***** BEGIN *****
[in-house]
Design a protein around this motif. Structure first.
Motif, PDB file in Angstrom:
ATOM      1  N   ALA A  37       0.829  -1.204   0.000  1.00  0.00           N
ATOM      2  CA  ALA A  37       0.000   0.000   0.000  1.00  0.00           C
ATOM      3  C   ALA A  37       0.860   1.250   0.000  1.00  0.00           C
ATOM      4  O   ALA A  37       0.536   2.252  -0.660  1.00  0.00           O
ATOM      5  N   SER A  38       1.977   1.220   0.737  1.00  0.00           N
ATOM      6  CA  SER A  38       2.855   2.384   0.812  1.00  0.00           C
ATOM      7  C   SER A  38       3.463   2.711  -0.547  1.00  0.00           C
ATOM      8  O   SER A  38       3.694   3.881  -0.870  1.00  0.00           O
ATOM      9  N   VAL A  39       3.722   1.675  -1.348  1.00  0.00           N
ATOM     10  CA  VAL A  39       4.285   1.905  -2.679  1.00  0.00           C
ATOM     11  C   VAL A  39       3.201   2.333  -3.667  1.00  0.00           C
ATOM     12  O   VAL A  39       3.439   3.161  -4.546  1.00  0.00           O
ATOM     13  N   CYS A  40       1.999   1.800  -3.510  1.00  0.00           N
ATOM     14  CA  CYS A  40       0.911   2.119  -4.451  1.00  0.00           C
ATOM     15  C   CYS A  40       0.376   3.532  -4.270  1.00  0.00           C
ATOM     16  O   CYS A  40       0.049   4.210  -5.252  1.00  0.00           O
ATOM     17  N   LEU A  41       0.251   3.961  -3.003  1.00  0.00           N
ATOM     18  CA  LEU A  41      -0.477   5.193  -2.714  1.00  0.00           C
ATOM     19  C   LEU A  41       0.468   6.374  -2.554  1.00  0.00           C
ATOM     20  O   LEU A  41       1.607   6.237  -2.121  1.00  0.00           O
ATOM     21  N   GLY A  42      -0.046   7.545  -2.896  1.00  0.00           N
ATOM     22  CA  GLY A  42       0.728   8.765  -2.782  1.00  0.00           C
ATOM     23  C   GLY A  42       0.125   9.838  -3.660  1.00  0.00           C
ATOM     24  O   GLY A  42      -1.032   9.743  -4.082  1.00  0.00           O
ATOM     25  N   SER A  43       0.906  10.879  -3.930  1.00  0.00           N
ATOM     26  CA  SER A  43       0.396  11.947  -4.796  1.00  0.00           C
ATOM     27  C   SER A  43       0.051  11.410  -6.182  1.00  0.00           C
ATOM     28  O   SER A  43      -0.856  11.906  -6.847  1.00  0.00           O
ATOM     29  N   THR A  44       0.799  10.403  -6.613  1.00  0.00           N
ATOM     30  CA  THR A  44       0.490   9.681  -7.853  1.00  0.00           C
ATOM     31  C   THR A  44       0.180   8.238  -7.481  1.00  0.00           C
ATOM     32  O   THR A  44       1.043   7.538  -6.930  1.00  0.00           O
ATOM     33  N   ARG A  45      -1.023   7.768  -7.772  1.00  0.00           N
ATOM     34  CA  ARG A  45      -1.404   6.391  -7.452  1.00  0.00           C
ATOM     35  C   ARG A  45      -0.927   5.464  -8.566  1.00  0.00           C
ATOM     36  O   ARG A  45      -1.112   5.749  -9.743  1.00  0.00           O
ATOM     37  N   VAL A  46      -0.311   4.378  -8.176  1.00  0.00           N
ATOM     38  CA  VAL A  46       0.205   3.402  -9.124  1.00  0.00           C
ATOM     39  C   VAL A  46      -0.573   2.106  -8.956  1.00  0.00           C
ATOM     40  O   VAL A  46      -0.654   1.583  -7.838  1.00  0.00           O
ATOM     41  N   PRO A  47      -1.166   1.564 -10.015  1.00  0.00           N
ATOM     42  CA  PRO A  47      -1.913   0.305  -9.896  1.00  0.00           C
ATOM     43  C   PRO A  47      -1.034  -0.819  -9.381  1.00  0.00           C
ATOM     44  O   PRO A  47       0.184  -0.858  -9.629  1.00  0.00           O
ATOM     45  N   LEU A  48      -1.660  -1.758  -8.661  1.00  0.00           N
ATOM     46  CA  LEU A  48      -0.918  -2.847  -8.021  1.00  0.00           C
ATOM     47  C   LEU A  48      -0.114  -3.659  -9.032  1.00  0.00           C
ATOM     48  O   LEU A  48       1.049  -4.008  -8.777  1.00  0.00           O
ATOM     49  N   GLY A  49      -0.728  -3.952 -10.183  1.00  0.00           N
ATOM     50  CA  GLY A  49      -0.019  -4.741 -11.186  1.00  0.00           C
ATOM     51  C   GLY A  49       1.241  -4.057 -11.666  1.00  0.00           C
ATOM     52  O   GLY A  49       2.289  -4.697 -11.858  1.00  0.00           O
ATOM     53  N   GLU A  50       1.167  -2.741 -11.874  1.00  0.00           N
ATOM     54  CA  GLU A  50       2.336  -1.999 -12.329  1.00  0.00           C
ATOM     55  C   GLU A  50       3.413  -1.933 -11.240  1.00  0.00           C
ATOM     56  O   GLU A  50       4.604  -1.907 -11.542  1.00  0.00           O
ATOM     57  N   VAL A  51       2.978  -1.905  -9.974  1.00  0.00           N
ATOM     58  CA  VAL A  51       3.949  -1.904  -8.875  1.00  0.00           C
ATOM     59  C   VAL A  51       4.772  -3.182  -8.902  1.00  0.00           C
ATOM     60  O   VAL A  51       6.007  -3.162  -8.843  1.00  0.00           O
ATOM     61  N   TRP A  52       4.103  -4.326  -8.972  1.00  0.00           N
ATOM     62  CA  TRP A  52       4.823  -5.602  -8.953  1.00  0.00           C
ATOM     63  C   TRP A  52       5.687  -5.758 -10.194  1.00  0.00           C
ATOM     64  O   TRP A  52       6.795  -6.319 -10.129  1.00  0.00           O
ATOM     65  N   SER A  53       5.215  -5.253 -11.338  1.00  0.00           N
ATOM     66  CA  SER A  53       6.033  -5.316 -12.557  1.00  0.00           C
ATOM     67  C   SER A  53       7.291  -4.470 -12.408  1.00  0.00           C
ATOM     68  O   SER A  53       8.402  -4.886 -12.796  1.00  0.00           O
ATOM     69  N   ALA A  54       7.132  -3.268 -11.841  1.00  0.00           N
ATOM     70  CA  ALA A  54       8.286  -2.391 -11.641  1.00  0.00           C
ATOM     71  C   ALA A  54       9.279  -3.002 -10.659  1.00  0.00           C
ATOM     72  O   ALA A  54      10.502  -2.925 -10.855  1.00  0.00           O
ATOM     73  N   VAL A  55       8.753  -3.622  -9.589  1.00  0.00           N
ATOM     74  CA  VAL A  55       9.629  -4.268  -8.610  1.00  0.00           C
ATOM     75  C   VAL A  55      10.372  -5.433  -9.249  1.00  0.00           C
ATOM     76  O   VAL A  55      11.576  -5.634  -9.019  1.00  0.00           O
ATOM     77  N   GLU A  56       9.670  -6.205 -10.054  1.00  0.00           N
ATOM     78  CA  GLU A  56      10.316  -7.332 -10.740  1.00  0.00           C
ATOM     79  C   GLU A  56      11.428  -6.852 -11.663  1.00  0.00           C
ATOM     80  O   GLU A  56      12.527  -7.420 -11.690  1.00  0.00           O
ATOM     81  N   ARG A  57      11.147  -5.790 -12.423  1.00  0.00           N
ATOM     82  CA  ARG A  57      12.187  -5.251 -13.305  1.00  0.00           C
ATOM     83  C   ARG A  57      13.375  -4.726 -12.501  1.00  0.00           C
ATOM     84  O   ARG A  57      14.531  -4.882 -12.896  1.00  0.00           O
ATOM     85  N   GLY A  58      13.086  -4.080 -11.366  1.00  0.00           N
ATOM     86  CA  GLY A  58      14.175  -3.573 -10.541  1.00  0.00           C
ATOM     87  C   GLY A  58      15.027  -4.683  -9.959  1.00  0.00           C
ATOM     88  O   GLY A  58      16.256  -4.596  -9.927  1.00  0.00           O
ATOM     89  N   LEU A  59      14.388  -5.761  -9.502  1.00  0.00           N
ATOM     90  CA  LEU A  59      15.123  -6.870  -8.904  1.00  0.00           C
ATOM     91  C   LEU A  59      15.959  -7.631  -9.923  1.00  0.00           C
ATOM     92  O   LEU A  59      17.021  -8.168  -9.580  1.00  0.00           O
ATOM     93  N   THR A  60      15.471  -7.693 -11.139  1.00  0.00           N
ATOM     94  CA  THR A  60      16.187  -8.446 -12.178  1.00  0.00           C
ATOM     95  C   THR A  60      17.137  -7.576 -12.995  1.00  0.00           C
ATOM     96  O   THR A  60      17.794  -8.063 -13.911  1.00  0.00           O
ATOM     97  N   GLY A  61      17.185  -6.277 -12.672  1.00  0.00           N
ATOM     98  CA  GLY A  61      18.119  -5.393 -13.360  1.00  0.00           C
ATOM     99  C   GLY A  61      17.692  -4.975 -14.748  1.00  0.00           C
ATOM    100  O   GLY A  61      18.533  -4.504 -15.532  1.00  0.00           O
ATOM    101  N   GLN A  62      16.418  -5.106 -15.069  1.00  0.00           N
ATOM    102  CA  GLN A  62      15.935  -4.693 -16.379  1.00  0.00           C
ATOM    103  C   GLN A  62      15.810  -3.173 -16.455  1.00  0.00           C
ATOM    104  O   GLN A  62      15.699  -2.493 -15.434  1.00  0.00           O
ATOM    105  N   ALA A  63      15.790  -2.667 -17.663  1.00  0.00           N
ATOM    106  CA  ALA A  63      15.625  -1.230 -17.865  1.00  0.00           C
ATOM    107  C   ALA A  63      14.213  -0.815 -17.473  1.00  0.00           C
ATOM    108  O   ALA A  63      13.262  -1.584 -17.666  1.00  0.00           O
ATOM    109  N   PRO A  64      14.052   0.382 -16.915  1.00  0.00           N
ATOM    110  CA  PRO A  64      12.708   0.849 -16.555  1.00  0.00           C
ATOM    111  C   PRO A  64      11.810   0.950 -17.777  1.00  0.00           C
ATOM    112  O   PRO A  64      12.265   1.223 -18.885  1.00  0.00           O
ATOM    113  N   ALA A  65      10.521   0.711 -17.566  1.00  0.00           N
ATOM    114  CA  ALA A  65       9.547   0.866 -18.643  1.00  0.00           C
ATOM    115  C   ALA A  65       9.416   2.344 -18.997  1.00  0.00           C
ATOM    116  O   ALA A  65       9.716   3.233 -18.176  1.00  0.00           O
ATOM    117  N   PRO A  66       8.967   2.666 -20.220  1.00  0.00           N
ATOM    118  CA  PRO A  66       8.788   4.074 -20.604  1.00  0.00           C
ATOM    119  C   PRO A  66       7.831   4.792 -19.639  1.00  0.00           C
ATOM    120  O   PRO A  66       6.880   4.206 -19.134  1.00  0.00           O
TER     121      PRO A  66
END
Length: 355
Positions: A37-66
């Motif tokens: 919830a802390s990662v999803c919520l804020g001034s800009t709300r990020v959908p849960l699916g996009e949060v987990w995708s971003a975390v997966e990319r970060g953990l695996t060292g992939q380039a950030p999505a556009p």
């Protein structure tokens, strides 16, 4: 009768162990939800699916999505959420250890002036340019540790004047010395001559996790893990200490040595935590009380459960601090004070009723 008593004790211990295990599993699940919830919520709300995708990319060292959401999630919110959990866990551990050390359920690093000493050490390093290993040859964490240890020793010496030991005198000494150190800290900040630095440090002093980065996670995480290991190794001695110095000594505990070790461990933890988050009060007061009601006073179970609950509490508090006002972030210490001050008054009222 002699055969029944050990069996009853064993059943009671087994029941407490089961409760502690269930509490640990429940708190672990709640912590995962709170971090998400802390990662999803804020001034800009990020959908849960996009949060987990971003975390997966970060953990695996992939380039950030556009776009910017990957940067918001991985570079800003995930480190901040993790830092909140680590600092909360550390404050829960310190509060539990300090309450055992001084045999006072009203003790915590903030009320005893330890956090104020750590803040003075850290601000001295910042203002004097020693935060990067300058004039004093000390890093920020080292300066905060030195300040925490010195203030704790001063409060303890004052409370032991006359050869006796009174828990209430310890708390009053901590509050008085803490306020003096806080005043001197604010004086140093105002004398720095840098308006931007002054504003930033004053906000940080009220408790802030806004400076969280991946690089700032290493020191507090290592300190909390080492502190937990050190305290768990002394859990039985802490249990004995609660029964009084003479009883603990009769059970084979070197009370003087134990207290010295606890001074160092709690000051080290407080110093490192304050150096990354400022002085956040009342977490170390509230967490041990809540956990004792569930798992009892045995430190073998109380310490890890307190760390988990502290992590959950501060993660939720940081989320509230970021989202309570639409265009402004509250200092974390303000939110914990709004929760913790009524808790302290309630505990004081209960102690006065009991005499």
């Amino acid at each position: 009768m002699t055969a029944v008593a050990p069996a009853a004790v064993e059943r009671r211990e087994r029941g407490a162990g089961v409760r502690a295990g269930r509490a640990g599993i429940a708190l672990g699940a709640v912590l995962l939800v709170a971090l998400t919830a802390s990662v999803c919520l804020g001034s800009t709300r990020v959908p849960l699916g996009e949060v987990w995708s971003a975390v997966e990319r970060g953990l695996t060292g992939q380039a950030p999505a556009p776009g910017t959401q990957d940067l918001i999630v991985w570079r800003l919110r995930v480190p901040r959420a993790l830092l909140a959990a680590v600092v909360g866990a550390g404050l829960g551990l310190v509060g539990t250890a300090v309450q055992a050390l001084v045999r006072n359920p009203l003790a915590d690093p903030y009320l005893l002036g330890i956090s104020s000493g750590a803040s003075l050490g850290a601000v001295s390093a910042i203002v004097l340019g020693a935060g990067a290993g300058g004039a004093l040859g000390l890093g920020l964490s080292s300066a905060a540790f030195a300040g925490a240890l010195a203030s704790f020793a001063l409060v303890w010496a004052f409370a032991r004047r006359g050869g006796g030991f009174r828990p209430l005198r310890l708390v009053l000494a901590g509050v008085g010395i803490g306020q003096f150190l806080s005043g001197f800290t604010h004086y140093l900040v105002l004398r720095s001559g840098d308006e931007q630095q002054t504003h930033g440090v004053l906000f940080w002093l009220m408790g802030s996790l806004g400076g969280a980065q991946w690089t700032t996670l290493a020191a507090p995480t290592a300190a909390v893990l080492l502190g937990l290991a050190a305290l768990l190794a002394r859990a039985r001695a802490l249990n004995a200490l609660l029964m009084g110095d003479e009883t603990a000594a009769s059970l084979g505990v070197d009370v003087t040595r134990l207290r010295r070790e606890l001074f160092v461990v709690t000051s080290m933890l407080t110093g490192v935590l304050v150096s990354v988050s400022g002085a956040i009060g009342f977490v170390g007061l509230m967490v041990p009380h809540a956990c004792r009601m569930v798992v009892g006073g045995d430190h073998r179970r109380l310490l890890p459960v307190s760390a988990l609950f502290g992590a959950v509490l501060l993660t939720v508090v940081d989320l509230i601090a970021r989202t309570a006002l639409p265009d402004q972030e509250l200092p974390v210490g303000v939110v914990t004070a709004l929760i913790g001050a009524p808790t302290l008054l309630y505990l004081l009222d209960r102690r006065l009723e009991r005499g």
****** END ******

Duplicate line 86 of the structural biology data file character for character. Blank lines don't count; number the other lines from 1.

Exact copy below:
ATOM     83  C   ARG A  57      13.375  -4.726 -12.501  1.00  0.00           C